Different year, same song. It seems every summer as the tourist season gears up at Yellowstone National Park, the pictures and stories come rolling in about visitors making poor, and dangerous, decisions around wildlife in the park.

Case in point, photographer Laurie Anne was at a pullout along the Madison River just below Madison Junction and caught this encounter between a group of tourists and a bison. The group is gathered around the huge animal, seemingly unconcerned and snapping selfies. When the bison seems to have had enough, some got the hint and took off running while others seemed to still think it was a lark.

Park officials say bison have injured more people in Yellowstone than any other animal. They are are unpredictable and can run three times faster than humans. Park regulations prohibit "willfully remaining near or approaching wildlife", and visitors are required to stay at least 25 yards from bison in the park.

Here's more safety information from the Yellowstone National Park website:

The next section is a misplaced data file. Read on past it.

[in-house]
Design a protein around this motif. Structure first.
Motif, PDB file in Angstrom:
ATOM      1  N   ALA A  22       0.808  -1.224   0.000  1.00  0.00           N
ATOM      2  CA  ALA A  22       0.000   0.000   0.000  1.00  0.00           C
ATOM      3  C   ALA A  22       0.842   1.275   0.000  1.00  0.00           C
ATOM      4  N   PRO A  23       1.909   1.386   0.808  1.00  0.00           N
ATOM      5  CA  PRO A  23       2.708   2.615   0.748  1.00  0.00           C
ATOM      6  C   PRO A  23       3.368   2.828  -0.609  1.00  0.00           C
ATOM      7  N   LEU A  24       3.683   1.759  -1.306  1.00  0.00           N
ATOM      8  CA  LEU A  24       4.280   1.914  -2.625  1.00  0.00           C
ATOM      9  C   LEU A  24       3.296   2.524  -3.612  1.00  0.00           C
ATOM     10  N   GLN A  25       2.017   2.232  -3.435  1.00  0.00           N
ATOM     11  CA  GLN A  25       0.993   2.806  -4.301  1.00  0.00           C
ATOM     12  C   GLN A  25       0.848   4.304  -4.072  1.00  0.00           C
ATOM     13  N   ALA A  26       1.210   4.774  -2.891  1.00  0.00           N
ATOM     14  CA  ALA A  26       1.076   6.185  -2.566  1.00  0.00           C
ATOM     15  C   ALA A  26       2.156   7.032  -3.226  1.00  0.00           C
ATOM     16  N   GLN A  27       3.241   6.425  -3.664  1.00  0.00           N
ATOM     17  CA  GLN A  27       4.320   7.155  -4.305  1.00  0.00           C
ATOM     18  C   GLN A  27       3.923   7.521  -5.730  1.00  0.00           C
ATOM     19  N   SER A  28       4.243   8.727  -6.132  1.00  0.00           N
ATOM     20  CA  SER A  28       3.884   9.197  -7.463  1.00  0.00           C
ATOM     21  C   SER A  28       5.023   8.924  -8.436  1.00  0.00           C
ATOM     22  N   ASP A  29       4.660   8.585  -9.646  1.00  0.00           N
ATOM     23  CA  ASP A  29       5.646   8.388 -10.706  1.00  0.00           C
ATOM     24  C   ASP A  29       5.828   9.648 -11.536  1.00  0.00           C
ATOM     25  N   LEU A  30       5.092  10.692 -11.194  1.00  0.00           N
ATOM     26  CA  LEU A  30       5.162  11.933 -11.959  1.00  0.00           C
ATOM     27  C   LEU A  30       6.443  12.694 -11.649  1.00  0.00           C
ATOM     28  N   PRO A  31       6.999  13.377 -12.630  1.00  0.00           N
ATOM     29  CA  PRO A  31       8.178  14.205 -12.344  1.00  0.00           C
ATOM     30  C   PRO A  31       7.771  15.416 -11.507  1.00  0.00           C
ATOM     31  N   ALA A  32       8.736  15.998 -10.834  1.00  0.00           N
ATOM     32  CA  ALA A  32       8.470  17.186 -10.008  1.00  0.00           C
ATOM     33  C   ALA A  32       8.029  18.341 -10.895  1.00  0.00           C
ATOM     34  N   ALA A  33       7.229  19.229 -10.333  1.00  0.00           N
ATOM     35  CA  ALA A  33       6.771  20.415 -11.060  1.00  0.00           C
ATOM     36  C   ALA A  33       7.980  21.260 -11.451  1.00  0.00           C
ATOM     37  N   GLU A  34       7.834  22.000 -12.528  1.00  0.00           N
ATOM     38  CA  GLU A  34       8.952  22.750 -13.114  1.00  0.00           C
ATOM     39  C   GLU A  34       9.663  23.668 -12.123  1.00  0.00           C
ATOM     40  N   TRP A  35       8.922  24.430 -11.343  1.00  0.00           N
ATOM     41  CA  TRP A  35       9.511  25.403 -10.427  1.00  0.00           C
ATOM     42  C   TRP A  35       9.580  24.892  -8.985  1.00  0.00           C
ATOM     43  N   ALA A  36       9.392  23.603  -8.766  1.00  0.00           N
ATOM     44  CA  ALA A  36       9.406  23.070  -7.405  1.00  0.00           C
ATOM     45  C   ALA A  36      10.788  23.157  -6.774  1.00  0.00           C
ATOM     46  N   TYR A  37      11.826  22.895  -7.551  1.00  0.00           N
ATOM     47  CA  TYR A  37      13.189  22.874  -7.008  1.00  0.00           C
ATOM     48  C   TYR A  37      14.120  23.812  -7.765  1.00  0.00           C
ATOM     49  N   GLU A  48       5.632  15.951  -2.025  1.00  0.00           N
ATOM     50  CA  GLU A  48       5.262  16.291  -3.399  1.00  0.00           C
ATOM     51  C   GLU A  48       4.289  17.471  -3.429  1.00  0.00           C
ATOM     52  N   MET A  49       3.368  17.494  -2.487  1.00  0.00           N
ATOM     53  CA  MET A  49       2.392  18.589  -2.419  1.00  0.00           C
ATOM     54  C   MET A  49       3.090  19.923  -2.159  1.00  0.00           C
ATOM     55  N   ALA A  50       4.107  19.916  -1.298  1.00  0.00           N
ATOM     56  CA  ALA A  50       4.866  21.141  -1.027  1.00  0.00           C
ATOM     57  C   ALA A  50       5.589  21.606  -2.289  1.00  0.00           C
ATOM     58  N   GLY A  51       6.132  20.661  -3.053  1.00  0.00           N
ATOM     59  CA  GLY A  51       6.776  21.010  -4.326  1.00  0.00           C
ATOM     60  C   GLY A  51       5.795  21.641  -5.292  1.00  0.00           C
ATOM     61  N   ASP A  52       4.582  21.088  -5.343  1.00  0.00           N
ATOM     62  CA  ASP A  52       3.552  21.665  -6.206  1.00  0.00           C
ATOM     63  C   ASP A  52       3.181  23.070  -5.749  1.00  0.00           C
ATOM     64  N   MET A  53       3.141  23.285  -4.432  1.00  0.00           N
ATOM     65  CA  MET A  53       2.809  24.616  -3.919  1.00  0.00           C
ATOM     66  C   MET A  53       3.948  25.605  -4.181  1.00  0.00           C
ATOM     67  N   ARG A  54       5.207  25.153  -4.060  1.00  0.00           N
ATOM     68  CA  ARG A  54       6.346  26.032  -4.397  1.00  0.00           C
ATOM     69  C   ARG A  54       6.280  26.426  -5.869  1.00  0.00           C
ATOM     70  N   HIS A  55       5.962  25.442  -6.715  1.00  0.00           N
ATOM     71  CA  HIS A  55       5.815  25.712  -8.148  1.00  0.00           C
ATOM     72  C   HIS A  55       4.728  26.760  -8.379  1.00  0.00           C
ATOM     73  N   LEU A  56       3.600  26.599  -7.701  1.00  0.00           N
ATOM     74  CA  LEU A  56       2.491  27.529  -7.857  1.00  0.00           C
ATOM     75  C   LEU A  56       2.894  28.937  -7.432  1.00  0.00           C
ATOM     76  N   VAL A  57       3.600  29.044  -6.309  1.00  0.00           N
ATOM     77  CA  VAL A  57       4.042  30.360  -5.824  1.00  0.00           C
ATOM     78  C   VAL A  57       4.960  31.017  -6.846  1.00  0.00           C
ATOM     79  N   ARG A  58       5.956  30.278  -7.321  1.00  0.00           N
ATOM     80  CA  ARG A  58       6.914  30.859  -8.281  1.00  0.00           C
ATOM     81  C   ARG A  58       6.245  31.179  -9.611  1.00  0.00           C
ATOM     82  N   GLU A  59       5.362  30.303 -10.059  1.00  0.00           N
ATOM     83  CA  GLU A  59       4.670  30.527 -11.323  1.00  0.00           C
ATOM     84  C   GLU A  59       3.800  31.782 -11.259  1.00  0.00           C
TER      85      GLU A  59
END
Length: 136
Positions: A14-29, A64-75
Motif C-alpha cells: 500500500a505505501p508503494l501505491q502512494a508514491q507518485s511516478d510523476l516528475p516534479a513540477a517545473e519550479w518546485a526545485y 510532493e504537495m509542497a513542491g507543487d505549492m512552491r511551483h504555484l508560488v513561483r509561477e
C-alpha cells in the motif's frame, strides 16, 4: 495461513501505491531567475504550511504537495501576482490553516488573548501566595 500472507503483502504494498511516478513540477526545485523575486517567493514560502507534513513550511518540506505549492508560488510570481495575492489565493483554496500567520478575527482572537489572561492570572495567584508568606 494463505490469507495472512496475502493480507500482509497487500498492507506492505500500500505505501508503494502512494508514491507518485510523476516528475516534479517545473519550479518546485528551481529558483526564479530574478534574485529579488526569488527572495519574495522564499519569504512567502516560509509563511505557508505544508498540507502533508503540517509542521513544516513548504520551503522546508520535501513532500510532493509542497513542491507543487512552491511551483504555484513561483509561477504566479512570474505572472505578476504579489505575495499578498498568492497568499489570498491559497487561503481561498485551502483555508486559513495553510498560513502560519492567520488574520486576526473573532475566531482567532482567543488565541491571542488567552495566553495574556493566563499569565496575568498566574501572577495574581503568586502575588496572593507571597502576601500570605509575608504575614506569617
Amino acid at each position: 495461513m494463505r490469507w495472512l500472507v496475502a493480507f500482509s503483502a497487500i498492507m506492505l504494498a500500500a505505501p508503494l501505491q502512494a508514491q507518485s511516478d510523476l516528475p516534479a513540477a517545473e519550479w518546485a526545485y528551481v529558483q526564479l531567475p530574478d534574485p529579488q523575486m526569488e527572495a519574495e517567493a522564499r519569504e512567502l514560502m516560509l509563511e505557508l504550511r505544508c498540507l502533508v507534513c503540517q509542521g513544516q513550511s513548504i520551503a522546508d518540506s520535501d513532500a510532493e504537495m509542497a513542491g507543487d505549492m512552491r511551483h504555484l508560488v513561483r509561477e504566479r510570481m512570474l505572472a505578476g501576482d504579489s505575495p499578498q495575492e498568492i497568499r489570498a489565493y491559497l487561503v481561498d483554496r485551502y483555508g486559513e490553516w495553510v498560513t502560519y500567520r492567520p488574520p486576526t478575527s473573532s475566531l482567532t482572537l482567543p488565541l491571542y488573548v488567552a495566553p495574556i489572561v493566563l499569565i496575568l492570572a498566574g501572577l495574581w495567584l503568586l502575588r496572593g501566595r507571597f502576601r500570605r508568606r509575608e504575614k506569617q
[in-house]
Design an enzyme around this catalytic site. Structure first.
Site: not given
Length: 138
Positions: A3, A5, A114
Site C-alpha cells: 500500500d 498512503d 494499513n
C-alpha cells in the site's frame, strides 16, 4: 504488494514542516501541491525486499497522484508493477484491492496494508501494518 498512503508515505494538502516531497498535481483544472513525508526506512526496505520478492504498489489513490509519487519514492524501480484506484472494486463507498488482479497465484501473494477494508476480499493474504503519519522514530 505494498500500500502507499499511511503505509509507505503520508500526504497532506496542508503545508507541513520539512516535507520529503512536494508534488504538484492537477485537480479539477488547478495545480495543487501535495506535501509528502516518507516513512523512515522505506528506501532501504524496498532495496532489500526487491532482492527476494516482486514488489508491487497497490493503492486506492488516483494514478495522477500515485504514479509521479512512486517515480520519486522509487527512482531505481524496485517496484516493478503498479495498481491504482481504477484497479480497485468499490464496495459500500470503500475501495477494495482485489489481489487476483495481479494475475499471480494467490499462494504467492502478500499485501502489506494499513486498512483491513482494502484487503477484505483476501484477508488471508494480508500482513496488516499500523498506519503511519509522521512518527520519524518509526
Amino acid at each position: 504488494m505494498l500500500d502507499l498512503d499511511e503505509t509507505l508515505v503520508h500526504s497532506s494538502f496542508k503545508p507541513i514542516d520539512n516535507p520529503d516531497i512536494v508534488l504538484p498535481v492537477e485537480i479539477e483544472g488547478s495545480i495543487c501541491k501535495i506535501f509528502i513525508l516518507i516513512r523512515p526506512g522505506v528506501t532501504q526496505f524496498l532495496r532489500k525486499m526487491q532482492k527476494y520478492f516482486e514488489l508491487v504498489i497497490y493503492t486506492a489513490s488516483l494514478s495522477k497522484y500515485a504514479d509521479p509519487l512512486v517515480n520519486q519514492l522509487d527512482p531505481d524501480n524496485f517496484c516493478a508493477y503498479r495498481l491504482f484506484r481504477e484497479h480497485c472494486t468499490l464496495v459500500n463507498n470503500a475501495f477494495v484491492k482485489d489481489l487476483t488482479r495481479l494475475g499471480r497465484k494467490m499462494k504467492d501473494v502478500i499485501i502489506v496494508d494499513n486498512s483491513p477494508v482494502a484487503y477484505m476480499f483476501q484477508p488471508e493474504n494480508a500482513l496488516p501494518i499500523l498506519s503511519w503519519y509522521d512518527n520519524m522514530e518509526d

• Never approach animals. The animals in Yellowstone are wild and unpredictable, no matter how calm they appear to be. The safest (and often best) view of wildlife is from inside a car. Always stay at least 100 yards (91 m) away from bears and wolves, and at least 25 yards (23 m) away from all other animals, including bison and elk.
  • Stay on boardwalks and trails in thermal areas. Hot springs have injured or killed more people in Yellowstone than any other natural feature. Keep your children close and don’t let them run.
  • Never feed wildlife. Animals that become dependent on human food may become aggressive toward people and have to be killed. Keep all food, garbage, or other smelly items packed away when not in use.
  • Never park in the road or block traffic. Use pullouts to watch wildlife and let other cars pass. Stay with your vehicle if you encounter a wildlife jam.